We’ve been happily married for ten years, our children are ages seven and five. We’re both successful working full-time, plus work travel for me, occasional weekend and night shifts for my wife.
I commute two hours daily. My wife, whose work is closer, gets kids ready, drives to/from school, participates in their after-school ballet, gymnastics, soccer, baseball, homework, etc. I’m home for dinner and homework.
My wife started a boot-camp work-out class last year, rising at 5am four times weekly. She looks/feels great.
The past six months, work situations have become very stressful for us both. There was little connection, but we still remained intimate regularly.
Recently, I saw a text message preview on her phone, from a man saying, “can’t wait to see you.” Curious, I then saw a text log of 4,000 texts over recent months, to her personal trainer in which they both say, “I love you.”
I broke down, was assured nothing physical had ever happened, it started as friendship. She shared personal information about our lives, her stress with work/life balance, and how little I was helping lately.
He started acting like her life coach. She enjoyed getting to know someone with a vastly different background and view on life. Their connection grew into more and she never stopped it.
She says she never stopped loving me. She wants to do everything possible to rebuild our relationship better than before.
The last few weeks have been the worst of my life, with lots of difficult conversations. I’ve realized and admitted that I’d become closed off with her, slacked on some household chores and took for granted all that she did (chores, laundry, groceries, kids’ clothes-shopping, birthday presents, updating family calendar, etc.)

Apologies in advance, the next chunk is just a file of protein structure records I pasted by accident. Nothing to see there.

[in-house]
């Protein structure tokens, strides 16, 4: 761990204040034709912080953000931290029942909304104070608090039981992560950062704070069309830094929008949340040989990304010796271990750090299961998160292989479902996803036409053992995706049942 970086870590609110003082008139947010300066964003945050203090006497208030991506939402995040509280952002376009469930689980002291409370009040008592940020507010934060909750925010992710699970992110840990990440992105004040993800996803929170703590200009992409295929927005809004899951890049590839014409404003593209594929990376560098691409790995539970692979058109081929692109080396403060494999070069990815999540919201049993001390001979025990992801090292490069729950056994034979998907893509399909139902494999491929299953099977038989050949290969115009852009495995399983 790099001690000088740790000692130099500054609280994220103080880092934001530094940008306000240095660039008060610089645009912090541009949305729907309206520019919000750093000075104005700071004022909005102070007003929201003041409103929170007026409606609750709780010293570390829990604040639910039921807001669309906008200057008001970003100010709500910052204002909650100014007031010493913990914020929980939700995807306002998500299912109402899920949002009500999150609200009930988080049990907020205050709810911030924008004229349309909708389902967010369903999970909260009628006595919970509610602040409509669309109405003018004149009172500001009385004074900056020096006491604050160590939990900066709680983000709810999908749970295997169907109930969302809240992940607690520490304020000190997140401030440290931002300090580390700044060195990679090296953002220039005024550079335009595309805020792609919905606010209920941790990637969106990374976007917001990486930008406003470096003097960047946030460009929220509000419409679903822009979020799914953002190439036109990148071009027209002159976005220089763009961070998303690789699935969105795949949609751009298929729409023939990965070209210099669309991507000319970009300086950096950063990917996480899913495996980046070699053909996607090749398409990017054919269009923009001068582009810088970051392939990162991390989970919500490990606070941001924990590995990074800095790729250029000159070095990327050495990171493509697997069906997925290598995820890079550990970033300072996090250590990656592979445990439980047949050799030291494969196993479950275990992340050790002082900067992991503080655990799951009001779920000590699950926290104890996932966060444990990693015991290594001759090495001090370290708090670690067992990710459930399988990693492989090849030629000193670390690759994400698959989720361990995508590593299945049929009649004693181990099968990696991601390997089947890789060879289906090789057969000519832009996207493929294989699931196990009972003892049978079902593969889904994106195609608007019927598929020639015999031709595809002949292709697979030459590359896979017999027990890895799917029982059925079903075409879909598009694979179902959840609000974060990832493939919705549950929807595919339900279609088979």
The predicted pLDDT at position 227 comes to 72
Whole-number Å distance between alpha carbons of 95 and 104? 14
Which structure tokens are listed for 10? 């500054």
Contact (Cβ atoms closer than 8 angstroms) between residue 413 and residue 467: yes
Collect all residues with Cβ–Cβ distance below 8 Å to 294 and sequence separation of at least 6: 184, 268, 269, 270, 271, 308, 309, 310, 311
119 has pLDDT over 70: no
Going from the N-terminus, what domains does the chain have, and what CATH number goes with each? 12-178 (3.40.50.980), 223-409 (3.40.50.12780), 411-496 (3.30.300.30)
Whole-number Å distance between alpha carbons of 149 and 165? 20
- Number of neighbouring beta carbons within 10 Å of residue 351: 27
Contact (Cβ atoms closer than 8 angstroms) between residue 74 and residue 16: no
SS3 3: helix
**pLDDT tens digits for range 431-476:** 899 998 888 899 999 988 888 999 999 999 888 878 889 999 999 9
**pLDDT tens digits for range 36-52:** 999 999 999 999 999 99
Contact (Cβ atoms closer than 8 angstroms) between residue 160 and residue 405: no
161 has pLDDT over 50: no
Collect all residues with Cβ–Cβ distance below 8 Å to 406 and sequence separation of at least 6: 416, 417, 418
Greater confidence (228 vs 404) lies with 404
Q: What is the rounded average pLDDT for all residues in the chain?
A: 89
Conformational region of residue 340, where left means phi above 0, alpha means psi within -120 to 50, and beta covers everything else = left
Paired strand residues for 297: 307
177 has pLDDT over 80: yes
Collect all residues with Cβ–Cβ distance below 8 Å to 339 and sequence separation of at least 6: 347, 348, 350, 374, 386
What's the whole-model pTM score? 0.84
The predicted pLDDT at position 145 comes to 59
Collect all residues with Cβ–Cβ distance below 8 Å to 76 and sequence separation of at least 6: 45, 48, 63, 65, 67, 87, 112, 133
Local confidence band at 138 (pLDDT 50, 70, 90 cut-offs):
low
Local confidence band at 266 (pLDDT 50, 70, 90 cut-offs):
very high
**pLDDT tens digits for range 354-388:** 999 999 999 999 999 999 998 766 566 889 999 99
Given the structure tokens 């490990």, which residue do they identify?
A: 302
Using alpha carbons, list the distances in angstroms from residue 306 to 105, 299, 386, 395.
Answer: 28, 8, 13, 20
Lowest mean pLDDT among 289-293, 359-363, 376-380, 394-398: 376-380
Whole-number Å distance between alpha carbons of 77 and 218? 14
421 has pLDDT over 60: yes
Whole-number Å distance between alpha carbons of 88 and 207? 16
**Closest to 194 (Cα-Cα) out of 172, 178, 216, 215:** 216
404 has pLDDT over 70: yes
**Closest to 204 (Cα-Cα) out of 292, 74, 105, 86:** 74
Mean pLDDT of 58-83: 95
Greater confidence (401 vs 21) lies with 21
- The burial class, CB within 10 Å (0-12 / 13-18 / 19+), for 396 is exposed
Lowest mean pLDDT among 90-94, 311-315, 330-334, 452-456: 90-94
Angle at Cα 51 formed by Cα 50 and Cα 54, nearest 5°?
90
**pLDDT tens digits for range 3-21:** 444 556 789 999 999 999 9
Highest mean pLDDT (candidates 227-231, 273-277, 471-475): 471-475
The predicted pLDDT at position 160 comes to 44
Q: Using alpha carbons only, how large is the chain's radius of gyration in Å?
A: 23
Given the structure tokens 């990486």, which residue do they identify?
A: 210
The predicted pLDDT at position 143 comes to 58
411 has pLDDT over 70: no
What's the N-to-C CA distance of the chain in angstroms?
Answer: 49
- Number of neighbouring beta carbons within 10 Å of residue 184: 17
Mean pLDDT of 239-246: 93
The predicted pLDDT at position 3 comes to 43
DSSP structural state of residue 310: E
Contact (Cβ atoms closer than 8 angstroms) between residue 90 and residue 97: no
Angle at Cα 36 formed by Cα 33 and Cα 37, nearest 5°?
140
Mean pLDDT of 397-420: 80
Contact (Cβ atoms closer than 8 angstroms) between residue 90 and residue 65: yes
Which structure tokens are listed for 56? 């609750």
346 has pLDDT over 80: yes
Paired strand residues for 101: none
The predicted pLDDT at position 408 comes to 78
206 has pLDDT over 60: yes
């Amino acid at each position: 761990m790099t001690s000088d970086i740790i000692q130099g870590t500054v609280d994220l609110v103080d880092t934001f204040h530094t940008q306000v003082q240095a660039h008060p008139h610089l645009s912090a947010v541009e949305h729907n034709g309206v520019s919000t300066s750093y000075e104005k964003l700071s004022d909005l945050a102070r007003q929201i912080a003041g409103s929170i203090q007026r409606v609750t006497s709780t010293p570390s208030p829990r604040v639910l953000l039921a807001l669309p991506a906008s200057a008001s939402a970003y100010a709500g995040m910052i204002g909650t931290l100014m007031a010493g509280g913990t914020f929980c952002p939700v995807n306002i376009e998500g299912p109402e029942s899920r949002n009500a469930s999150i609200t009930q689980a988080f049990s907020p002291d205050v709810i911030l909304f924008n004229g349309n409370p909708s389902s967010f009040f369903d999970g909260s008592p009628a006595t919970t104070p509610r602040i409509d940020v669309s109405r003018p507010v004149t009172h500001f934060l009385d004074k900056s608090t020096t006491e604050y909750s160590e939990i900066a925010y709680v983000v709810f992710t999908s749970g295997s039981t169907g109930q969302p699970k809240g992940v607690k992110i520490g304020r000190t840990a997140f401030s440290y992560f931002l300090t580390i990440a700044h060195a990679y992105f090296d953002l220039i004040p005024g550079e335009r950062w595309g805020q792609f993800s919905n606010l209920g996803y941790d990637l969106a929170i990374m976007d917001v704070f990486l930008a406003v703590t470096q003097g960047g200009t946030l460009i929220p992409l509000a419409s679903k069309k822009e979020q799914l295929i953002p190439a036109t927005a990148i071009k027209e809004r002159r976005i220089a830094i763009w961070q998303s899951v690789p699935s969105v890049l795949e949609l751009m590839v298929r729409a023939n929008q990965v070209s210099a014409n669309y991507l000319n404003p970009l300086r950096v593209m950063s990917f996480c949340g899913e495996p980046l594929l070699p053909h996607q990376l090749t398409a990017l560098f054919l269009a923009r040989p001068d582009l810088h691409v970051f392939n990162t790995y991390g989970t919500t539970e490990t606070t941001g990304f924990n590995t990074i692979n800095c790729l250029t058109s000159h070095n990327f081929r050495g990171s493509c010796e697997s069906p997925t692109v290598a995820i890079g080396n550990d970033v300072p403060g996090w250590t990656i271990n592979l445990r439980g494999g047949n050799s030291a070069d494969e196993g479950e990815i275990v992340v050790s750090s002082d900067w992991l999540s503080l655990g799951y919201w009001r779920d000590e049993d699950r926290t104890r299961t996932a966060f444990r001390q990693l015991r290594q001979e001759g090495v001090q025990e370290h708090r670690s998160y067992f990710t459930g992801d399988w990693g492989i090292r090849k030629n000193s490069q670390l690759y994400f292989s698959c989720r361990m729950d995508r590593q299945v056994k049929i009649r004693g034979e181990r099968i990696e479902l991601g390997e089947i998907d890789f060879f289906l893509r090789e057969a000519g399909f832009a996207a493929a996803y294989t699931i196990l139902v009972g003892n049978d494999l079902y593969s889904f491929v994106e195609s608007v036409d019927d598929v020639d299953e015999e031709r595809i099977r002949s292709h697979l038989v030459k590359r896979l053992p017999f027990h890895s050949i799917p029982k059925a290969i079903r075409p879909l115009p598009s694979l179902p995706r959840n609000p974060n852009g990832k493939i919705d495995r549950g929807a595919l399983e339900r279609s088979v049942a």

I’ve committed to changes - helping share more of the family tasks, making more time to keep our connection, and bringing fun back to our marriage.
Meanwhile, she’s committed to her boot camp crew of 20 women and insists she must maintain that routine schedule for her stress balance.
It kills me that she’ll then frequently be in the same location with the man of her emotional affair.
But she says her connection with the trainer is 100% dead and working out is completely separate from him.
I agreed she could return for a few weeks… she’s happy, we’re continuing to rebuild our marriage and grow our love. But I’m dying inside whenever she goes to boot-camp.
What Should I Do?
You’ve done a lot in recognizing what was needed on your part. She’s done less in light of her emotional affair, but there’s still hope for your marriage if you can both lift your heads above what appears to me as “lifestyle mania.”
No matter how ambitious you are for your children, your much –longer letter listed many after-school activities (involving parental participation in schedules, organizing events, etc.) plus a lot of homework. It’s a frenetic schedule from the minute your wife finishes her workplace job.
With both of you working “successfully,” why not hire weekly household help for cleaning, laundry and prepping meals, instead of having Supermom doing it all?
You’ve both left no room for downtime or anything but the picture-perfect, high-striving family. No wonder she’s chosen to drive herself just as hard at the gym and was so easily attracted to “a different view on life.”
Counselling could help you re-frame just what your couple/family connection is all about. Meanwhile, your wife needs to find another fitness trainer.
FEEDBACK Regarding the female houseguest whose “butt and crotch were grabbed” by her friend’s husband (December 7):
Reader – “What was described meets the definition of sexual assault in Canada. I agree that women should learn to protect themselves, but in the #MeToo era the perpetrator must be reported and brought to account for his criminal behaviour. No longer is that something men can get away with, and society is finally seeing this violation for what it is.”
Ellie – Wholly agreed. I focused on stating that the woman carries no blame for his behaviour, but that she needs to learn to protect herself because sexual assault and harassment had also happened to her before.
I do regret that I believed the young woman didn’t want to report him (she had every opportunity) because she didn't want to harm her friendship with his wife.
Nevertheless, the important message here is that sexual crimes must be reported.
Tip of the day:
When “lifestyle mania” rules, relationships easily suffer.